Privacy

EPIC: driver data shared via V2V technology needs protection

October 23, 2014

As the National Highway Traffic Safety Administration (NHTSA) considers mandating vehicle-to-vehicle (V2V) communications in automobiles, it should also make sure it assesses the privacy implications of using the technology, a privacy group says.

This week, the Electronic Privacy Information Center (EPIC) submitted comments (PDF) to NHTSA on V2V – technology that transmits data between vehicles to help warn drivers of potential crashes, EPIC explained.

Before requiring V2V capability in “light vehicles,” (i.e., passenger cars and light truck vehicles) the agency should agree not to collect PII without the consent of vehicle owners, require end-to-end encryption of V2V communications, and make certain no data is stored locally or remotely as a result of the technology, the comments said.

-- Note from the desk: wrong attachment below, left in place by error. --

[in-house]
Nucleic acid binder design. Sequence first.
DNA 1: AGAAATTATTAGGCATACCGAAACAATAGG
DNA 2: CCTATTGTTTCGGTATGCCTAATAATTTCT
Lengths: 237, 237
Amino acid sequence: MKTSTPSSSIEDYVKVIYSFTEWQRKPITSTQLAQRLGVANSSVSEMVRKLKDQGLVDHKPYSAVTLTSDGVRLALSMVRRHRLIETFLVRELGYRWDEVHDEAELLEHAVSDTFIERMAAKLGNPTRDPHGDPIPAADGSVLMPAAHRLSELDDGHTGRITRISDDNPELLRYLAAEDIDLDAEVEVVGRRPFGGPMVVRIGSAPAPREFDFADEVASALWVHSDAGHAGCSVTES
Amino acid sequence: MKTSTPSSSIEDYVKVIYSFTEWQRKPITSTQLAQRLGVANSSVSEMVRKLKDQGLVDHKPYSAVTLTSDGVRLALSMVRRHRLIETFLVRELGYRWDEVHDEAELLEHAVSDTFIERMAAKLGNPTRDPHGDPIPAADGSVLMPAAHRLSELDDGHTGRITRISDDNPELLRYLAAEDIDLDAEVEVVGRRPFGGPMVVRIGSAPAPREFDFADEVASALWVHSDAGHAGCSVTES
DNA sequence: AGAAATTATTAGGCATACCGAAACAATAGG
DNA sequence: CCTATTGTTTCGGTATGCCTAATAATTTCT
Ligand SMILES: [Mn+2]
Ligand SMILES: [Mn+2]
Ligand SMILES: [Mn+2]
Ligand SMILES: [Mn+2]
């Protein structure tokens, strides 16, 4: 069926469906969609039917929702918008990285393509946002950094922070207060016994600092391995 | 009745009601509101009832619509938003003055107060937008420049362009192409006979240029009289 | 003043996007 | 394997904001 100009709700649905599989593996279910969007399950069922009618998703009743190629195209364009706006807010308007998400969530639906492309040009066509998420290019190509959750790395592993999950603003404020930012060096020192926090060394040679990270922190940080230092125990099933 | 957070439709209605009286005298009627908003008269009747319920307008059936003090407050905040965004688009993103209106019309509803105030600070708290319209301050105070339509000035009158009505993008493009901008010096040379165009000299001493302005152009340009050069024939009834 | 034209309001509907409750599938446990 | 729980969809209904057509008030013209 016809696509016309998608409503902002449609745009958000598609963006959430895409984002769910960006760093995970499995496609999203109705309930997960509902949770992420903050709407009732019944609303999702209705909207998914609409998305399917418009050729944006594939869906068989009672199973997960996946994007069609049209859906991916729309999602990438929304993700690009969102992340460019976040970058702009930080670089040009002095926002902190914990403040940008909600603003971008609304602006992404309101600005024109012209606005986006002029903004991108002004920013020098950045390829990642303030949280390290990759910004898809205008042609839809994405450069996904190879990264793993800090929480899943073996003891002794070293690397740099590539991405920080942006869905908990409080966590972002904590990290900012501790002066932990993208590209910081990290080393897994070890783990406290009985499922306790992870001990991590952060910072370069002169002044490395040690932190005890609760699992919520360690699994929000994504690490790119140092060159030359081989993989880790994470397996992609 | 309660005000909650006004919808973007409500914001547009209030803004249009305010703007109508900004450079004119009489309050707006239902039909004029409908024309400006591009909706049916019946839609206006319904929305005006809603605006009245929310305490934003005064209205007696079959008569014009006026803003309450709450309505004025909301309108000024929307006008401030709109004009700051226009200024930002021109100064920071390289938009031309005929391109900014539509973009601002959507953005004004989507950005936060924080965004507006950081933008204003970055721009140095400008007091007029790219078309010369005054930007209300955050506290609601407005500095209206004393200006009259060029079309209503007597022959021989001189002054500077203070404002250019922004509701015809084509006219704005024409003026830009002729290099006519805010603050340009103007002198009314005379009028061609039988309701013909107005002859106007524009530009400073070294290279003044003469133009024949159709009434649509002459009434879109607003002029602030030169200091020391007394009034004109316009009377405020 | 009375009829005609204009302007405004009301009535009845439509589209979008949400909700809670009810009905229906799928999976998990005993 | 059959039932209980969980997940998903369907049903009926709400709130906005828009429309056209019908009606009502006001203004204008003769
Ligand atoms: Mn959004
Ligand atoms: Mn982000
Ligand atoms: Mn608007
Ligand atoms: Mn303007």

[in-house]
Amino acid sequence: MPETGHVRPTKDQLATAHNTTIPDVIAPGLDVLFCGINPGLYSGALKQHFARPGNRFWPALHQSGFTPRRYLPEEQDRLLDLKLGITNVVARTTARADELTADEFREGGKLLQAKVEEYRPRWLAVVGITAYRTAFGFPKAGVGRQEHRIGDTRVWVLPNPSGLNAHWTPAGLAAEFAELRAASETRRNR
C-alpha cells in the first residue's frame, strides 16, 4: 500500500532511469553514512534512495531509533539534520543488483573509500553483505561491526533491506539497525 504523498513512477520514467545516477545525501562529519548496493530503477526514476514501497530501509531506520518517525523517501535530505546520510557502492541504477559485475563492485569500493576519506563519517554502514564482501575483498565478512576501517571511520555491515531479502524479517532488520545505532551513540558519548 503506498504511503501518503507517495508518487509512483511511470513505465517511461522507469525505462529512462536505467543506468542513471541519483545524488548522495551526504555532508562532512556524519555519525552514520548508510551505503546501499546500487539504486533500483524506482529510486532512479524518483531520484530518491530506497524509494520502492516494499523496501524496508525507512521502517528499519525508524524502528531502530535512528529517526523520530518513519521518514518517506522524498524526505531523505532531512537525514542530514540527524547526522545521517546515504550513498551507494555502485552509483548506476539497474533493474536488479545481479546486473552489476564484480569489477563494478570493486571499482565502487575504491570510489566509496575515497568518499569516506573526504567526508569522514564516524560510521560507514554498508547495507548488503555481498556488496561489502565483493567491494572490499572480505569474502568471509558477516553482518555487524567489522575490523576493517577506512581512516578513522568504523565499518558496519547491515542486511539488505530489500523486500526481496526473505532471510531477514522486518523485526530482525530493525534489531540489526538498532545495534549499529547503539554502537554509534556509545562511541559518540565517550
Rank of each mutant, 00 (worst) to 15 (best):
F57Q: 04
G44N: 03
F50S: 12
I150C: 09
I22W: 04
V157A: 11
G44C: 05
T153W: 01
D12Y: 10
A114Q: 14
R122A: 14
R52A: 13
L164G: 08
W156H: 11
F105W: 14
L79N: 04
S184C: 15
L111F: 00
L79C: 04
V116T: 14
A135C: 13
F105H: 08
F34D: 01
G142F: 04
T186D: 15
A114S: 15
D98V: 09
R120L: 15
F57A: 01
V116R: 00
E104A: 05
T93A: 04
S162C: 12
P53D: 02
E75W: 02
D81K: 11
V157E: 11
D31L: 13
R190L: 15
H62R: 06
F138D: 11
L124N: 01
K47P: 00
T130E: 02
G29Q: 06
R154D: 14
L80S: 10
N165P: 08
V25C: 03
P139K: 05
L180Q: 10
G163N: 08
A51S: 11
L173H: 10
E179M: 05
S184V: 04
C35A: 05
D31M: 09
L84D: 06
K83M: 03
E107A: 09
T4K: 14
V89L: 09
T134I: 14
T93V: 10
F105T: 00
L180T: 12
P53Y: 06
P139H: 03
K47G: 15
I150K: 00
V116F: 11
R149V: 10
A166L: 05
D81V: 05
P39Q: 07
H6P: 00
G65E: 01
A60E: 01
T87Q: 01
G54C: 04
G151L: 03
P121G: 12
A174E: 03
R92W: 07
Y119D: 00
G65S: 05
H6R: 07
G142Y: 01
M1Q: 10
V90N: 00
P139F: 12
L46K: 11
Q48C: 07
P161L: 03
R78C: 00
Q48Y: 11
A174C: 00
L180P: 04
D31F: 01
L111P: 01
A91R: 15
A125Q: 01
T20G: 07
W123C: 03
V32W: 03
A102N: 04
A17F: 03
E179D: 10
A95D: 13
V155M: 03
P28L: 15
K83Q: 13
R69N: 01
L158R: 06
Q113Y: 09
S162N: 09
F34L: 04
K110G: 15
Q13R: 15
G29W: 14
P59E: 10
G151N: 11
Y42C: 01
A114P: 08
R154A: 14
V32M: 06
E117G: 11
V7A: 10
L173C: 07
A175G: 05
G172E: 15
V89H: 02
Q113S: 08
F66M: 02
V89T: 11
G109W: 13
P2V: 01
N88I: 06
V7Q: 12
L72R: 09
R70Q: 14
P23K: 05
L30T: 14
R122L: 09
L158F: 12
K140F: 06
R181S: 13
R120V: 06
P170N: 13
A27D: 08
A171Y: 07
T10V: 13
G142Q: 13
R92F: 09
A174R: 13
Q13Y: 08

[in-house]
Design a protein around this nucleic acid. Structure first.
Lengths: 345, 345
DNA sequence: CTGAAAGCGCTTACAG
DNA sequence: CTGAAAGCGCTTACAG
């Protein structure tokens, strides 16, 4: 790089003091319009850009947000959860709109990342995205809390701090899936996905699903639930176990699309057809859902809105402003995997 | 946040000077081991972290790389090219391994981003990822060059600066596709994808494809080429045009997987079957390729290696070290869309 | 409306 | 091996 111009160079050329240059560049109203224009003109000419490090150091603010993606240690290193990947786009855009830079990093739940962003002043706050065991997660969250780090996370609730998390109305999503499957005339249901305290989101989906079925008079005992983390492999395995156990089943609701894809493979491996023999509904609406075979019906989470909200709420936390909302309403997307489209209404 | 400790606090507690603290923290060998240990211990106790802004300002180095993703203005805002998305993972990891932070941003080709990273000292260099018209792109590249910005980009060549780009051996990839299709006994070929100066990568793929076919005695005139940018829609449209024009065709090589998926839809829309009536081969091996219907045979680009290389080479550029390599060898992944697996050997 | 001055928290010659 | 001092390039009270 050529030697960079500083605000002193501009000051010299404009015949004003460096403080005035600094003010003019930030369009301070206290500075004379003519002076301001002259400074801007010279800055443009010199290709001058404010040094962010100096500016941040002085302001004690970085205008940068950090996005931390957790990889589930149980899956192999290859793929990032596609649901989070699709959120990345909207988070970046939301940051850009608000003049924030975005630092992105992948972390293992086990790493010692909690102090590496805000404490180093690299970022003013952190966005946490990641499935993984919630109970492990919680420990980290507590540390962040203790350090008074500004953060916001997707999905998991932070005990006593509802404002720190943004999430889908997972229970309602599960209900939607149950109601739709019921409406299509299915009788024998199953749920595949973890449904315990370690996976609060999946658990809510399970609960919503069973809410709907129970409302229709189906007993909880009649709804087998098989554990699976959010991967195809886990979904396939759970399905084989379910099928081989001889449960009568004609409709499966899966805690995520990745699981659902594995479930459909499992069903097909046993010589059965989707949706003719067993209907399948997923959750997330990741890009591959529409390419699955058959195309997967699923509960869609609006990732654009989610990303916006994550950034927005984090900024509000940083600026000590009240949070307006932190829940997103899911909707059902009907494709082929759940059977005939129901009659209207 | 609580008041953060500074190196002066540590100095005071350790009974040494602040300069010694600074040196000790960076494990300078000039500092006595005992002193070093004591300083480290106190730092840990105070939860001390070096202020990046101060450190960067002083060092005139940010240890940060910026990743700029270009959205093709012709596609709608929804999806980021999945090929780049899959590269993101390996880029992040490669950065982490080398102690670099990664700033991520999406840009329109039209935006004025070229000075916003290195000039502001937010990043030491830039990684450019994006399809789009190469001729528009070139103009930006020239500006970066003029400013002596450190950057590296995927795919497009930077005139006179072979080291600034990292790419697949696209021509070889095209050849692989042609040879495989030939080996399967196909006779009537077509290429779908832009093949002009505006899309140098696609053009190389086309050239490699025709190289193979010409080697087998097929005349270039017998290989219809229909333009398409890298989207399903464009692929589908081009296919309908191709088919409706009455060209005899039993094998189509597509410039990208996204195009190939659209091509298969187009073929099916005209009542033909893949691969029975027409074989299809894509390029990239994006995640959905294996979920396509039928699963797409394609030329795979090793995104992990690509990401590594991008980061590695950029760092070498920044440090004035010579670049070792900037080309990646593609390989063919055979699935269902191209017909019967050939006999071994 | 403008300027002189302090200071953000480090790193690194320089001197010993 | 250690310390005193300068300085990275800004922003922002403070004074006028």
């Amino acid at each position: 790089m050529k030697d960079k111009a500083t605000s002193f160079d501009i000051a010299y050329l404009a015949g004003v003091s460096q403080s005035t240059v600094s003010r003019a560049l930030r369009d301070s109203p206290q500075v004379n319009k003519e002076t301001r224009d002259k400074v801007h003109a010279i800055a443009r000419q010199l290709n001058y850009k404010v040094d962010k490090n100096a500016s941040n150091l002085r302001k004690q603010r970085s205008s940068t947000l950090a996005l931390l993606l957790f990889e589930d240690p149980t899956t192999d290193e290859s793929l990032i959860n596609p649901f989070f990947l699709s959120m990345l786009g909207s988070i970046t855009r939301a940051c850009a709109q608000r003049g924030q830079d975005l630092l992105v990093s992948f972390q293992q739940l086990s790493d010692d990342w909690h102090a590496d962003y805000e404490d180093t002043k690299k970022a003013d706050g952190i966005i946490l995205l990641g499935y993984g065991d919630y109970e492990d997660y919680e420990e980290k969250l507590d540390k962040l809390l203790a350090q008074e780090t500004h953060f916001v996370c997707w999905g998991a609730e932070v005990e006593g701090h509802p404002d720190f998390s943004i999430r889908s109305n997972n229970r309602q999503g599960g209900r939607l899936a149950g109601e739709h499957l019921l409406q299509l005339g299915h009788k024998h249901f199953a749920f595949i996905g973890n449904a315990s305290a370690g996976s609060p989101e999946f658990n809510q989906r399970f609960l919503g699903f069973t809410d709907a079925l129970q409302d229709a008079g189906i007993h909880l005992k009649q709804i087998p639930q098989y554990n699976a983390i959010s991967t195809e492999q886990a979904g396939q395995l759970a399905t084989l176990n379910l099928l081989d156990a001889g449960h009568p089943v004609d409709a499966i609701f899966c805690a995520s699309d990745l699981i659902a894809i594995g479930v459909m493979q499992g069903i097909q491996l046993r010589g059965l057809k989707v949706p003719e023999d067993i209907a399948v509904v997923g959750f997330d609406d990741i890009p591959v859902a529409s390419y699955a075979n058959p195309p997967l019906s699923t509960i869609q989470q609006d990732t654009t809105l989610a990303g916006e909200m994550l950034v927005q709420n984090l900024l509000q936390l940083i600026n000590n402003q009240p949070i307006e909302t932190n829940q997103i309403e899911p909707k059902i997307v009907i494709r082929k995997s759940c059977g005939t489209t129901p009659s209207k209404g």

NHTSA should also require automakers to follow the Consumer Privacy Bill of Rights, and require “end-to-end anonymity” of shared driver data, EPIC said.

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